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    Hello all,

    I am writing to figure out something that I’m a little puzzled about.

    My question is about the ordering of DIVs and HTML5 elements like header, main, nav, etc, within the Bootstrap framework. In other words, is there a best practice when it comes to laying out content within Bootstrap? Should you use DIVs primarily, and assign classes, should you wrap your bootstrap divs inside of your HTML5 elements? I included a link to code-pen hopefully to better illustrate my question.



    Bootstrap is a framework designed to remove some of the hassles of formatting to create responsive web design. They offer many codes you can copy and paste to complete the task you are asking.

    You build the pages just as you would normal HTML pages. Follow all the rules for HTML5; there are dozens of sites for tutorials on how Bootstrap is used; and you can download it yourself to see what they are using, or you link to a site that hosts it (just like JQuery). You can get it here:

    Look at this page to see some of the components:

    Now, before starting using Bootstrap, just as with any other programming code, you should perform research. There are some special codes that should be used, I don’t know where I found that info; I just searched for it.

    I built my website with Bootstrap, but it took me 3 days to learn how it works and what I needed to add to my HTML code to ensure it works.

    Truly, it’s up to you on how you want to use it. Is there something in particular you want? Basically, you should already know how your page is going to look because you have designed the page first. Then you look for what it is you want and decide how you want to accomplish the design.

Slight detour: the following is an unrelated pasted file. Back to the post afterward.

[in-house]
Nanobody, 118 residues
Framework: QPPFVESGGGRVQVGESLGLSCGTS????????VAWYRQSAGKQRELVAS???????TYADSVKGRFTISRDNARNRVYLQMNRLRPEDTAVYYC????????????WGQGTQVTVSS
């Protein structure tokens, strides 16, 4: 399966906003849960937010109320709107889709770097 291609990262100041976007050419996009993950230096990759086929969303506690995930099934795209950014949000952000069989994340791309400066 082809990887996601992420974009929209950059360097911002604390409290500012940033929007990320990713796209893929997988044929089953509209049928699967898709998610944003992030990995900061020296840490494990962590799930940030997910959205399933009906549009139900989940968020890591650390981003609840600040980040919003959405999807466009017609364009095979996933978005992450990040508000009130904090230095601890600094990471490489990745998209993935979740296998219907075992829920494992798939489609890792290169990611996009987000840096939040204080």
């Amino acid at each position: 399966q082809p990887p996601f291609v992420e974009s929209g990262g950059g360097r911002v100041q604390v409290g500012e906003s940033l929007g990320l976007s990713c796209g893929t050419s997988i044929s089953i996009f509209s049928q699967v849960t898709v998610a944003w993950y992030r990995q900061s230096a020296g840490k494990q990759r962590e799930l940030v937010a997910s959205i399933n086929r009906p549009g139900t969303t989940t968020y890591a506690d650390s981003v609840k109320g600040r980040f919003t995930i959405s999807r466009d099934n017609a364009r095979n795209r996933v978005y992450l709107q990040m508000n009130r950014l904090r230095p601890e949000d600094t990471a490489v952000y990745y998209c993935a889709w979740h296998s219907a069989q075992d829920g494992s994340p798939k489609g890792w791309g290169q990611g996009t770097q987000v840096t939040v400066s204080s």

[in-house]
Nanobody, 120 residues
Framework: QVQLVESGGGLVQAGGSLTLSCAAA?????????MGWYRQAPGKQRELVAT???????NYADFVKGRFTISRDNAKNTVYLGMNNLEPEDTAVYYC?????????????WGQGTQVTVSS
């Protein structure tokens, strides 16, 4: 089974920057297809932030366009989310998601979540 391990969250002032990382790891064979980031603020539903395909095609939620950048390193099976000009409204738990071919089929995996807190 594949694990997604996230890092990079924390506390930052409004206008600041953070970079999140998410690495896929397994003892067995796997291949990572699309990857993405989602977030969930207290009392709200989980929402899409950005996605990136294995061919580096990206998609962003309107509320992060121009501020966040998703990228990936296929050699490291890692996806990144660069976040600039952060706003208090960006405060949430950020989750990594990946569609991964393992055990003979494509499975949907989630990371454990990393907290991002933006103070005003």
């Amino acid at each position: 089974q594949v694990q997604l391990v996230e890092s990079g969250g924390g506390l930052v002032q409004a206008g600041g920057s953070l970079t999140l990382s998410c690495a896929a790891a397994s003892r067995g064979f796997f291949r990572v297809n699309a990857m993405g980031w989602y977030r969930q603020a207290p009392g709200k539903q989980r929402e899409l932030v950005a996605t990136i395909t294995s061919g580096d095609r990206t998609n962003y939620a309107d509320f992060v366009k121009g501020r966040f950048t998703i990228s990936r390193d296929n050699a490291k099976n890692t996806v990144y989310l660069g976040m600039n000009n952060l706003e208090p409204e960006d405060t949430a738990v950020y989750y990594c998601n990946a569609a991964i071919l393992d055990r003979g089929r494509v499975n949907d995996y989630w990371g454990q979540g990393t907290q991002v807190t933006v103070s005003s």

I will tell you, without understanding it, you’re going to have issues. Start with internet searches and learn about the general aspects of it first before starting to use it. Once you learn the basics, it shouldn’t take much to put it into practice.

    ADDED: check this page


    Aside from the necessary includes of relevant stylesheets and javascript, the only special concern for your document formatting is that it must start with <!DOCTYPE html>.

    As to other concerns; no, use whatever best matches your approach to site structure design. Where Bootstrap is concerned there is no different treatment (for example) of <section class="col-md-6"> and <div class="col-md-6">.


    The ‘<!DOCTYPE html>’ is HTML5 standard, regardless of Bootstrap. All HTML pages should have that and the other meta tags:
    ‘<meta charset=”utf-8″>
    <meta http-equiv=”X-UA-Compatible” content=”IE=edge”>
    <meta name=”viewport” content=”width=device-width,initial-scale=1″>’


    All HTML pages should have that and the other meta tags:
    ‘<meta charset=”utf-8″>
    <meta http-equiv=”X-UA-Compatible” content=”IE=edge”>’

    Those meta tags are options but they’re not necessary – it depends on your environment. For example, the charset could be sent with a PHP header, or X-UA-Compatible could be set in .htaccess/web.config


    With regard to &lt;!DOCTYPE html&gt; – yes, this is HTML5 standard. I brought it up in relation to Bootstrap though because the framework requires this declaration in order for everything to be processed correctly. From their website:

    Bootstrap makes use of certain HTML elements and CSS properties that require the use of the HTML5 doctype. Include it at the beginning of all your projects.

    So it seemed worth mentioning.


    Thats the same reason I put the other meta tags… Just following Bootstrap documentation, as stated in the last link. They didn’t mention putting it in the htaccess as Beverly stated. They say to put it in the html page, but who knows, they don’t say to use PHP but one could do that as well.


    I prefer to take the Bootstrap starter template as a “general suggestion”, only using the bits that I need to, and that I know are necessary for my project – typically just the html5 doctype, viewport meta tag, html5 shim, and core CSS.

    I don’t tend to use respond.js for IE8, jQuery or Bootstrap js

    Neither do I usually bother with the X-UA-Compatability tag. Sure, it helps IE work more effectively, but it isn’t required.

    I guess it comes down to knowing when to make use of the tools in question and making a judgement call on a case-by-case basis :)

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